Hürna and Mazza Cula


Category:
Social practices
Canton:

Description

Hürna is a simple version of the game of Hornussen and is only played in the village of Furna in Prättigau. From the starting bar, players hit the “Huri” (a wooden disc) with a hazel stick, and the catchers try to stop the Huri in the air with shovel-like catching boards. The throwing team gets one point for every Huri that the defenders fail to catch; they score two if the Huri hits a member of the defending team.

Mazza Cula is a sort of alpine golf, introduced in Masein am Heinzenberg about forty years ago by newcomers from Tschappina. The Mazza, or club, is a wooden stick with a wooden block at its tip. The “Cula”, or ball, is a coloured wooden darning egg with a diameter of 5 cm. Two teams, each comprising two or three people, compete against each other. Instead of aiming for a hole, players attempt to hit a stone, a tree or a pole. The team that hits the target with fewer strokes scores a point. The losers have to pay the winners 20 rappen for every point that they are ahead.

Both Hürna and Mazza Cula are played in spring when the snow has melted and in autumn when grazing has finished. Players are not members of a club or association, but are local boys and men from Furna or Masein and Flerden, and may include “homesick natives” travelling from other areas. Depending on inclination and the weather, players meet on the playing field on a Sunday afternoon or on a national holiday.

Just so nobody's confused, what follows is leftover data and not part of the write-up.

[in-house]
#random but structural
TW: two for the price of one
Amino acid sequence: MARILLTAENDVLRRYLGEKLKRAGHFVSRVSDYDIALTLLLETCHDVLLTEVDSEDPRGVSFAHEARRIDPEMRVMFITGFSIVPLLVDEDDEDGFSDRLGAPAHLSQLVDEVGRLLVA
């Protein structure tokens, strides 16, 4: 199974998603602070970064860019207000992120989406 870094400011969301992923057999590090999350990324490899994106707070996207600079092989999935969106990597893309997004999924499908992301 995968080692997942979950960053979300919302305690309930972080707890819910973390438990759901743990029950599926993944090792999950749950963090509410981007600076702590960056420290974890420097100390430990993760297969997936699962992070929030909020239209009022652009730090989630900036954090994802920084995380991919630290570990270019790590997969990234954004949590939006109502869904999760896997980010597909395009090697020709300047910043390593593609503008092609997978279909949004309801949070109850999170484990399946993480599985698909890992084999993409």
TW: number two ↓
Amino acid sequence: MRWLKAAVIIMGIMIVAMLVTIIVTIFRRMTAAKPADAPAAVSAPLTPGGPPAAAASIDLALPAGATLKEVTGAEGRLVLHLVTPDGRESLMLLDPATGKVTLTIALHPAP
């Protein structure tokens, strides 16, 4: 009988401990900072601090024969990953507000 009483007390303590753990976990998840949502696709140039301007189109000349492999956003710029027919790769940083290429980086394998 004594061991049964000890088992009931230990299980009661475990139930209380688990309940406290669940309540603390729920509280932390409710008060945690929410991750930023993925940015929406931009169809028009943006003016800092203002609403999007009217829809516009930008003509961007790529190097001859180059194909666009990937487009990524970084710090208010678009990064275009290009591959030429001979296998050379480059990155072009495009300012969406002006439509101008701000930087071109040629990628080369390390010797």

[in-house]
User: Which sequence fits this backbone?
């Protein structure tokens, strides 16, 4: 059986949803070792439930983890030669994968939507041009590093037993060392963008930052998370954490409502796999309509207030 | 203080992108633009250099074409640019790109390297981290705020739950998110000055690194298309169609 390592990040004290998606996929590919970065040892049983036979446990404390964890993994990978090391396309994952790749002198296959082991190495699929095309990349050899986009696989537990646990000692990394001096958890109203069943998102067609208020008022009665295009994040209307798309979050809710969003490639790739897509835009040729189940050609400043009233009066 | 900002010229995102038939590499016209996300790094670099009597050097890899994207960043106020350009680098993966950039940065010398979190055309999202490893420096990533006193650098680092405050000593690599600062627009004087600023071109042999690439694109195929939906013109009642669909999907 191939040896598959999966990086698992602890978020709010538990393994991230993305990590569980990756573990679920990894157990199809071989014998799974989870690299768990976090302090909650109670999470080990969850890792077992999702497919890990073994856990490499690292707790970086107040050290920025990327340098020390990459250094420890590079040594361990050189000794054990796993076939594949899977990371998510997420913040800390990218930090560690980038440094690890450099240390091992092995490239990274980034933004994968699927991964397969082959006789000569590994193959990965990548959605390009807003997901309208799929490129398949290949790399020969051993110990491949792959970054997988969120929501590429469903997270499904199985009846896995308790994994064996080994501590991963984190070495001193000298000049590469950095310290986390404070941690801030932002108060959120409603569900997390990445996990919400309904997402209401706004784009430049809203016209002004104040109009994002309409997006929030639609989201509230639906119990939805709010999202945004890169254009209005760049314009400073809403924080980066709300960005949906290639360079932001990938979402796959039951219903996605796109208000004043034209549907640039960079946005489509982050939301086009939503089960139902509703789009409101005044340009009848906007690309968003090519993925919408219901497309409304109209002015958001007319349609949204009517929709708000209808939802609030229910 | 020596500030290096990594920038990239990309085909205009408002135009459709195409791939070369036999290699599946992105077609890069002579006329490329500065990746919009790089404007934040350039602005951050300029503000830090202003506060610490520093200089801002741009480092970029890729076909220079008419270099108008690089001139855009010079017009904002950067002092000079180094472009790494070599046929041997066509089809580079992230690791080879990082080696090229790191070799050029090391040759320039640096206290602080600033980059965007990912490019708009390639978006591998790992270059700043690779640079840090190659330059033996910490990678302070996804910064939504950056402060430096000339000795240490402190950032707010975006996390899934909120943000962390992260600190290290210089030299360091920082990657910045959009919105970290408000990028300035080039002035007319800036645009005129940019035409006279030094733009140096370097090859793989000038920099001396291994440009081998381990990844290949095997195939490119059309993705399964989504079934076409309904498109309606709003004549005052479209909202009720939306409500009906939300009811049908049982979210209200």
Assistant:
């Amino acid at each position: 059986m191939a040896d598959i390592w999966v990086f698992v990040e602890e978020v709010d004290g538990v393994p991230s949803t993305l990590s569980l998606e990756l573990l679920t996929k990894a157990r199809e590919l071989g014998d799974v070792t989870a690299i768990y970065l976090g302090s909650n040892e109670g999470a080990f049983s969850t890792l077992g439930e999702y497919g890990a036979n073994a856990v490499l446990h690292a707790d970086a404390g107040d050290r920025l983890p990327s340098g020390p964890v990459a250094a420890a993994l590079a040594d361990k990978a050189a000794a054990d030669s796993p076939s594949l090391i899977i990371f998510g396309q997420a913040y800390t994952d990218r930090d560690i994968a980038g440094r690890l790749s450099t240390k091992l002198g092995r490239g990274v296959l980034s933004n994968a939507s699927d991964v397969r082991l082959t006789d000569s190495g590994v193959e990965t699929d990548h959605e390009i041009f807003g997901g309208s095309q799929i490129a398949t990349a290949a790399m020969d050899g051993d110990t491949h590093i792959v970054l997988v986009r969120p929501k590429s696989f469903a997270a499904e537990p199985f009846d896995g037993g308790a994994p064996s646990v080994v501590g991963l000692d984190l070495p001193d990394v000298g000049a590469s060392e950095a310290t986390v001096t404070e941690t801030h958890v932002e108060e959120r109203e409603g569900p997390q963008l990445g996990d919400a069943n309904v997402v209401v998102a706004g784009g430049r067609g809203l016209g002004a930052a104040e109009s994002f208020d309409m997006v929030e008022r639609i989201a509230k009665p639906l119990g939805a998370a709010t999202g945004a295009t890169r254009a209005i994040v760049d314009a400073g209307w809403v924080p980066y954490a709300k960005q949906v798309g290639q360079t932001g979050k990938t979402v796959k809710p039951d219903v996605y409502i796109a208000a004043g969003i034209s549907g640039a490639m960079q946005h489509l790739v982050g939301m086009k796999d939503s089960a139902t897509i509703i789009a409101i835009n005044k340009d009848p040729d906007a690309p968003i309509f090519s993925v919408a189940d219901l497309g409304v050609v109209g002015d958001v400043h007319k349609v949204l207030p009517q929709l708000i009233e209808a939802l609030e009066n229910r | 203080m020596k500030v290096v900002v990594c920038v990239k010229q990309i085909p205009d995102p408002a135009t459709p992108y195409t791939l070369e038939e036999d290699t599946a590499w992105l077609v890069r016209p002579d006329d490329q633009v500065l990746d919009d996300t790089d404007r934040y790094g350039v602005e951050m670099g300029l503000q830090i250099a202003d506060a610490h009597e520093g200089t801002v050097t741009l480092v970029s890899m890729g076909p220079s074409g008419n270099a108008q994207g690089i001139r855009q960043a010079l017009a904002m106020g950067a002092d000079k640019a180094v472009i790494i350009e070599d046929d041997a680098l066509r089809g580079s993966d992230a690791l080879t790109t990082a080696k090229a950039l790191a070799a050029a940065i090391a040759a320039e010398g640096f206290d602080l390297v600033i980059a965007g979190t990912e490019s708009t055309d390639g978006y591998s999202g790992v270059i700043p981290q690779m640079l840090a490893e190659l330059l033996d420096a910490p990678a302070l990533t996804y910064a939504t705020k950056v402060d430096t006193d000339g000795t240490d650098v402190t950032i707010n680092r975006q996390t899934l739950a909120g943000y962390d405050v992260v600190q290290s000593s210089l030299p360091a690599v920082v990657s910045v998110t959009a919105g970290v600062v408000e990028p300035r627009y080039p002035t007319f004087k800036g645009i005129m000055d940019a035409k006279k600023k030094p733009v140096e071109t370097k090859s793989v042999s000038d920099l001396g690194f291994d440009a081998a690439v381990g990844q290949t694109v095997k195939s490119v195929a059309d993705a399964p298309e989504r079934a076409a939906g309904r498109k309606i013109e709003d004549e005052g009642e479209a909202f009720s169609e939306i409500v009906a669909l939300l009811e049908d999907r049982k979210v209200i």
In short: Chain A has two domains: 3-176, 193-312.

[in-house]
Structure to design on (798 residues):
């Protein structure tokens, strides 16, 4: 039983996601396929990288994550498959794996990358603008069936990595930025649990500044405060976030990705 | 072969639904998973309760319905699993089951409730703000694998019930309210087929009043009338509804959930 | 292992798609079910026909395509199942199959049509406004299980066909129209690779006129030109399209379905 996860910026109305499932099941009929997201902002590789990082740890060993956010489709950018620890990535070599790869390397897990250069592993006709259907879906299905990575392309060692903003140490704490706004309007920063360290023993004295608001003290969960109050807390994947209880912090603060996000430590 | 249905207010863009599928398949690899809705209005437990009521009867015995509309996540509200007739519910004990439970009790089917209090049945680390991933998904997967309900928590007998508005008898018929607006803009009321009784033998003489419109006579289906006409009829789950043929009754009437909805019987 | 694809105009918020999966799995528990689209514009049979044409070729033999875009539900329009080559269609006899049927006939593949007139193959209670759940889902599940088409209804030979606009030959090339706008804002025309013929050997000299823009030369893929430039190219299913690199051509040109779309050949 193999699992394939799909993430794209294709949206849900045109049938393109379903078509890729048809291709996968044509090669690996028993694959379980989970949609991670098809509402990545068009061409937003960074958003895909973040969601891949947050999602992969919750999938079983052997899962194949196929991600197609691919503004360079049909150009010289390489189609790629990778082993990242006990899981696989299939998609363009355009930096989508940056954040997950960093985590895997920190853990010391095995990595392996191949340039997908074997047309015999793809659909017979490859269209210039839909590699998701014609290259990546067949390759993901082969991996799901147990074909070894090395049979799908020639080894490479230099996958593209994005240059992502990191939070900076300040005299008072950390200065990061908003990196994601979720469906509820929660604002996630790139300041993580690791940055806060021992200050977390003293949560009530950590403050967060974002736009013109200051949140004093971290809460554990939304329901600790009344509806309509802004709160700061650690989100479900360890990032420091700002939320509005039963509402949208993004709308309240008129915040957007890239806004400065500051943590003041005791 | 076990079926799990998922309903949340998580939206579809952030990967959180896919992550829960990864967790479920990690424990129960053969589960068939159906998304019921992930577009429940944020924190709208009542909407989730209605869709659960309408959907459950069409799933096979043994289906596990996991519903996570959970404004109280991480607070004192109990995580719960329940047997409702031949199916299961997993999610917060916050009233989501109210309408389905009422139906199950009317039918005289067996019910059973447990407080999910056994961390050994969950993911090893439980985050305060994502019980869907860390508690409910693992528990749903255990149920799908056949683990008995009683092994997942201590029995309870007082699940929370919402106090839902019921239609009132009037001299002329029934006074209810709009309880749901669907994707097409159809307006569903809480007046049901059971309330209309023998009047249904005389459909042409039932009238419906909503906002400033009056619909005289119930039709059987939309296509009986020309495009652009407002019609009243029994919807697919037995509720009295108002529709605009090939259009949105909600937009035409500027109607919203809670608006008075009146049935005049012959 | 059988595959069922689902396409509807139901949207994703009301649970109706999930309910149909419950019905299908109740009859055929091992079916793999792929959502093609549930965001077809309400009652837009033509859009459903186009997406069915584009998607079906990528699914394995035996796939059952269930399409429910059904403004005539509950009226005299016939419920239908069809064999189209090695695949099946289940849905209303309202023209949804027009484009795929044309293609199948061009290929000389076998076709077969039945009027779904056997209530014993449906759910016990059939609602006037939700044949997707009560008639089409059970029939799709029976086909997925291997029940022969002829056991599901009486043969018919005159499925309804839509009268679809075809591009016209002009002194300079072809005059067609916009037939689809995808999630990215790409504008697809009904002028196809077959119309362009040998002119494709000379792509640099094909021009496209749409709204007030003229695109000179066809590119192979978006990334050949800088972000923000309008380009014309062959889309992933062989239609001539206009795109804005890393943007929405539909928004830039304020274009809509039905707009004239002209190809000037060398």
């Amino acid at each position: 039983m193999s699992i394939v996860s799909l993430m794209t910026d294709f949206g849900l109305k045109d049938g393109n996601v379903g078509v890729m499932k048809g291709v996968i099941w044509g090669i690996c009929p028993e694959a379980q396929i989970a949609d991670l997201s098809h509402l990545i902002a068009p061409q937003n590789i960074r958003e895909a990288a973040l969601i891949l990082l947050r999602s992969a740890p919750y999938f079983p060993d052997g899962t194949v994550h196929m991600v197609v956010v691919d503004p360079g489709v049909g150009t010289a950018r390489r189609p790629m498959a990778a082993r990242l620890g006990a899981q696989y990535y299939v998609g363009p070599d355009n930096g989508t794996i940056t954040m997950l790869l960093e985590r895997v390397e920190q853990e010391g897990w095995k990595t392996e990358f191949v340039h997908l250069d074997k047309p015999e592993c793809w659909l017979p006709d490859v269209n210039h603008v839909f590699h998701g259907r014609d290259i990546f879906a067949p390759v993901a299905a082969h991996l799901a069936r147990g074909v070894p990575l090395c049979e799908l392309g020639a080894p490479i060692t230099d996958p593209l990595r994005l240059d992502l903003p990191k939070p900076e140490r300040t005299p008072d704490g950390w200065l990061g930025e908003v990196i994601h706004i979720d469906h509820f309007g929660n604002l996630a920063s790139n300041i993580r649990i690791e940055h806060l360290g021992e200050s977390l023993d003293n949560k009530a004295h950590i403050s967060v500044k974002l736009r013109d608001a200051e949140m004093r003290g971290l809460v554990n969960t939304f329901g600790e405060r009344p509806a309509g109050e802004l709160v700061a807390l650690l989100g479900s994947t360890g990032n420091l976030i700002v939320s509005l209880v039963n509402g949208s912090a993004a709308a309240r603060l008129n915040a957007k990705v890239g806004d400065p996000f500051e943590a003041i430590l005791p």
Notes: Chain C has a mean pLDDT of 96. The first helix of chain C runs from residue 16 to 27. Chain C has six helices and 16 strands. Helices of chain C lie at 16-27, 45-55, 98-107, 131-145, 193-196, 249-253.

Image gallery

  • Hürna: The Huri positioned on the starting bar © Heidi Wyss
  • Hürna: A player using a Huri stick to launch the Huri into the defenders’ field © Heidi Wyss
  • Hürna: Defenders throwing their catching boards into the air © Heidi Wyss
  • Hürna: Defending with the board in the hands © Heidi Wyss
  • Mazza Cula: Hitting the “Cula” (ball) with the Mazza (wooden block) © Mathias Kunfermann/demateo AG, 2011
  • Mazza Cula: A gentle hit close to the target © Mathias Kunfermann/demateo AG, 2011
  • Mazza Cula: The course is varied © Mathias Kunfermann/demateo AG, 2011
  • Mazza Cula: It’s break time in Flerden © Silvia Conzett, 2011
  • Mazza Cula: The next target is a fir tree © Silvia Conzett, 2011
  • Mazza Cula: Curious onlookers on the playing field © Silvia Conzett, 2011
  • Hürna: The Huri positioned on the starting bar © Heidi Wyss
  • Hürna: A player using a Huri stick to launch the Huri into the defenders’ field © Heidi Wyss
  • Hürna: Defenders throwing their catching boards into the air © Heidi Wyss
  • Hürna: Defending with the board in the hands © Heidi Wyss
  • Mazza Cula: Hitting the “Cula” (ball) with the Mazza (wooden block) © Mathias Kunfermann/demateo AG, 2011
  • Mazza Cula: A gentle hit close to the target © Mathias Kunfermann/demateo AG, 2011
  • Mazza Cula: The course is varied © Mathias Kunfermann/demateo AG, 2011
  • Mazza Cula: It’s break time in Flerden © Silvia Conzett, 2011
  • Mazza Cula: The next target is a fir tree © Silvia Conzett, 2011
  • Mazza Cula: Curious onlookers on the playing field © Silvia Conzett, 2011

References and documentation

Publications
  • Hürnä in Furna, ein altes Volksspiel aus alter Zeit. Broschüre der Furner Hürner. Furna, 2003

  • Johann Baptist Masüger: Leibesübungen in Graubünden einst und heute. Chur, 1946

  • Johann Baptist Masüger: «Mazza», das Männerspiel der Rätoromanen. In: Bündner Kalender 118. Chur, 1959

  • Mazzaschlagen. In: Atlas der schweizerischen Volkskunde. Basel, 1950-1995

  • Mazzaspiel. In: Dicziunari Rumantsch Grischun (ungedrucktes Manuskript). Chur 1938-

  • Barbara Paz Soldan: Spiel mit Stock und Kugel. Ein alter Spielbrauch lebt am Heinzenberg wieder auf. In: Bündner Woche, 13. April 2005

  • Kurt Wanner: Hürna in Furna. In: Mitteilungen der Walservereinigung Graubünden no. 36. Chur, 1997

Documentation